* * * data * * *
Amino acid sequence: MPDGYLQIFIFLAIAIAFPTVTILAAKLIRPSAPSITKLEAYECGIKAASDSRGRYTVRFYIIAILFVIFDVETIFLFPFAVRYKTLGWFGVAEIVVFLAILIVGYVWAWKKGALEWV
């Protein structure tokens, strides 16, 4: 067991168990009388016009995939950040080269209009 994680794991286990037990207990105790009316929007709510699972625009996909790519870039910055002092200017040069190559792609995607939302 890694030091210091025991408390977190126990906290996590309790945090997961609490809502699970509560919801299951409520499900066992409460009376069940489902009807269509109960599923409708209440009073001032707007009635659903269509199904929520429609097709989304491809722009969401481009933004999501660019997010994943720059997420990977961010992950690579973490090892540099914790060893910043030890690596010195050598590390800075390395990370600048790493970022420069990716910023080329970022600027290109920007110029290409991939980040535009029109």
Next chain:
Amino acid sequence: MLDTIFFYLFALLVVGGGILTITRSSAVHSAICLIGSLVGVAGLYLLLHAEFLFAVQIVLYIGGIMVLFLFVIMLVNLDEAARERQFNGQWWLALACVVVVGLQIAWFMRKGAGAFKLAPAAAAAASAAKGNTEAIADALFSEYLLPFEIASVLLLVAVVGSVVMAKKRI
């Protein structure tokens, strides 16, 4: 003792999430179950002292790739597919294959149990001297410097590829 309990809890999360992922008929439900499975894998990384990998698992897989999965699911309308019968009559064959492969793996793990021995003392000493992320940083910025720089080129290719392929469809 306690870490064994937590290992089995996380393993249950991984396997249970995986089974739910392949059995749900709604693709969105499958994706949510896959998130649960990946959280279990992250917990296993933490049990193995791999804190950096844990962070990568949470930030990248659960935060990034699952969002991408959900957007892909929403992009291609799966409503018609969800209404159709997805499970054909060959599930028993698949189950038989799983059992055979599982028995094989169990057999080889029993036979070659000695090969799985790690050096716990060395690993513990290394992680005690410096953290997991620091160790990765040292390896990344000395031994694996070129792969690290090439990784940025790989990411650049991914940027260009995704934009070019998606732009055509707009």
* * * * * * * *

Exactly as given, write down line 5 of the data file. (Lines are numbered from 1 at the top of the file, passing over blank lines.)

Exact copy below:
């Protein structure tokens, strides 16, 4: 003792999430179950002292790739597919294959149990001297410097590829 309990809890999360992922008929439900499975894998990384990998698992897989999965699911309308019968009559064959492969793996793990021995003392000493992320940083910025720089080129290719392929469809 306690870490064994937590290992089995996380393993249950991984396997249970995986089974739910392949059995749900709604693709969105499958994706949510896959998130649960990946959280279990992250917990296993933490049990193995791999804190950096844990962070990568949470930030990248659960935060990034699952969002991408959900957007892909929403992009291609799966409503018609969800209404159709997805499970054909060959599930028993698949189950038989799983059992055979599982028995094989169990057999080889029993036979070659000695090969799985790690050096716990060395690993513990290394992680005690410096953290997991620091160790990765040292390896990344000395031994694996070129792969690290090439990784940025790989990411650049991914940027260009995704934009070019998606732009055509707009």